But the term post-war doesn’t just mark an era, it carries a particular connotation, that of humanity actually reflecting on the ways it has carried itself after experiencing an era of unprecedented mass murder. Post-war is a word that is still supposed to put into question the logic of authority based on power, hierarchies, domination, isolationism, transactional relations, extortion, silencing, and pure, blunt-force violence. Kissinger put a stop to that questioning, to the United States considering any other form of exercising its influence other than by brutal domination of spheres. The only connotation of the word “post-war” he followed through on is that the United States should be at the top of the pyramid. He wrote the guidelines to destroying the illusions of the post-war, any idealism of the 60s and 70s. He kept the US submerged in the inhumane mediocrity of the pre-war World ever since. That’s his towering legacy, that’s the way his influence turned into legacy. Banality of evil turned into sophisticated realpolitik scripts.
Kissinger was the embodiment of the banality of evil in the post-war World.
So say it. Say it, European Liberals. Say it, American Centrists. Say it, center-right politicians of the developed world. I’m asking you in particular because I know not to expect empathy from the developed world’s right wing.
Say it, Hillary. Say it, Macron. Say it, Eric Adams. Say it, Mike Bloomberg. Say it, Tony Blair. Say it, Ursula. Say it … New York Yankees? Say it, US Newspapers trying to remain neutral in your headlines. Say it, Human Rights NGOs that should’ve known better. Say it to our faces. Say to our faces that Kissinger was a “towering statesman” to the states he helped ravage. Say to our faces that he was brilliant. Say to our faces that his “legacy was complex and nuanced” (no one has done more to sink the US’s standing abroad). Say to our faces that we shouldn’t gloat about someone dying. Say to our faces that he was a fascinating and charming man. Say to our faces that he did everything for his country. Say to our faces that he was a master diplomat when all he achieved was enabling the bloodiest decade of the post-war.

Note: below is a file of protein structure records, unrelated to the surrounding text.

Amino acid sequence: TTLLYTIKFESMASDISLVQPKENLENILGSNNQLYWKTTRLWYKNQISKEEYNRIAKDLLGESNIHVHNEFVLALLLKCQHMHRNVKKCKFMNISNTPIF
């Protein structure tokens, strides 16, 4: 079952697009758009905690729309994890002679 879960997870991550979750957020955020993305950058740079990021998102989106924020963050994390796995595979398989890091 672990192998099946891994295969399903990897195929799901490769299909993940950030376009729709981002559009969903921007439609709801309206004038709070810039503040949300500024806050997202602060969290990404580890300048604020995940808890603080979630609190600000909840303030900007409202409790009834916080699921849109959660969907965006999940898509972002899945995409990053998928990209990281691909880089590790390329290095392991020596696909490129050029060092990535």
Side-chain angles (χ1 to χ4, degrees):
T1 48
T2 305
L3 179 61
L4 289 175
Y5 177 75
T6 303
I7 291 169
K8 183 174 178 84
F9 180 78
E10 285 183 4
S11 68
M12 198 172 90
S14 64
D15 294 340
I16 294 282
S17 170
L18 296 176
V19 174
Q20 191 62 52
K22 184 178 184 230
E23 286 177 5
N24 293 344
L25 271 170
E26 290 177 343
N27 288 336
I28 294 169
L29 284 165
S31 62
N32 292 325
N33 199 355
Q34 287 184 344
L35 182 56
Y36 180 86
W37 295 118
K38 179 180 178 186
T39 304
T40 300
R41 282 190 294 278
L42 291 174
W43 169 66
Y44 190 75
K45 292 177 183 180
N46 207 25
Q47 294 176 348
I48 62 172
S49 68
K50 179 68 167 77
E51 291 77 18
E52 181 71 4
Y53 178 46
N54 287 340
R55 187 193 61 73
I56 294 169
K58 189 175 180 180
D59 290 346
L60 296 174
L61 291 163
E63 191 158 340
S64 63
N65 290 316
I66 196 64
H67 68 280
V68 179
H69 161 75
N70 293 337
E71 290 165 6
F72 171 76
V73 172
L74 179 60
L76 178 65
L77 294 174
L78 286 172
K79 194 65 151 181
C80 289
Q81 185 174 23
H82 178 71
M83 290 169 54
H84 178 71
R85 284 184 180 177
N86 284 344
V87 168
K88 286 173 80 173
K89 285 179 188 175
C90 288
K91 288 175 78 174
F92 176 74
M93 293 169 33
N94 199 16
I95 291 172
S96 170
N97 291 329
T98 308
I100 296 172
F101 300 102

Say to the Cambodians’ face that he’s more moral because only 150,000 were killed by the US bombings while the Khmer Rouge killed two million.
Say it to the Laotians losing their limbs every year after they accidentally trip on an unexploded US ordinance.
Say it to the Bangladeshis, who started their independent life with most of their intelligentsia annihilated by Pakistan.
Say it to all the countries like Timor-Leste who really can’t keep a detailed count of how many people they lost because of the scale of what was done to them.
Say it to the 1,900 Jewish-Argentinians who were killed by the Catholic-fascist dictatorship he propped up, 6-12% of the total number of victims even though they represented only 1.5% of the Argentinian population at the time.
Say it to the relatives of 3,500 Chilean victims of Pinochet, a third of whom don’t know where their remains are.
And say this to all the victims of idiotic US interventionism after Kissinger’s tenure, inspired and advised by him, from Central America to Afghanistan, from Iraq to Mexico.
Say he was a giant, a problem-solver while minimizing our histories, our lives, our potential, everything he took from us from the comfort of a Washington DC office, directing the world like it didn’t have weight and gravity. Say it, tribute him, praise him as if you could keep our experiences contained by the whole of the Pacific Ocean. As if we didn’t know how to tell our story, our historical memory better than your press releases and public strategies (advised by Kissinger Associates). Say all of this to our faces whom you refuse to individuate; your brains would collapse otherwise.
The day will come, not the day when Kissinger will be hated even in the US, that’s a done deal. The day will come when at last, an official speaker of the US ruling class reluctantly will denounce Kissinger. It will be perhaps the closest thing to official justice we’ll get to see, the countries victimized by his policies. That, more than anything, is what we deserve. A US Government figure officially apologizing. To our faces.
I have wanted to write this “obituary” for a long, long, long time. I wanted to be angrier. I wanted to spit Eminem bars full of venom, brutal lines, and curse words. I might have exhausted that in the wee hours of the morning on Twitter. But also, it is tiring to hate so much with good reason but without reparations. It shouldn’t be on us Chilean, Argentinians, Vietnamese, Bangladeshis, East Timorese, Cambodians or Laotians (among many others) to remind the US how their governments fucked us. It’s on US voters, and especially on white, liberal Americans, to wake up and denounce your country’s imperialism, demand better representatives, and bury the realpolitik monsters on both parties. It’s on you to burn the legacy of Kissinger to the ground.
We are too busy keeping the memory alive.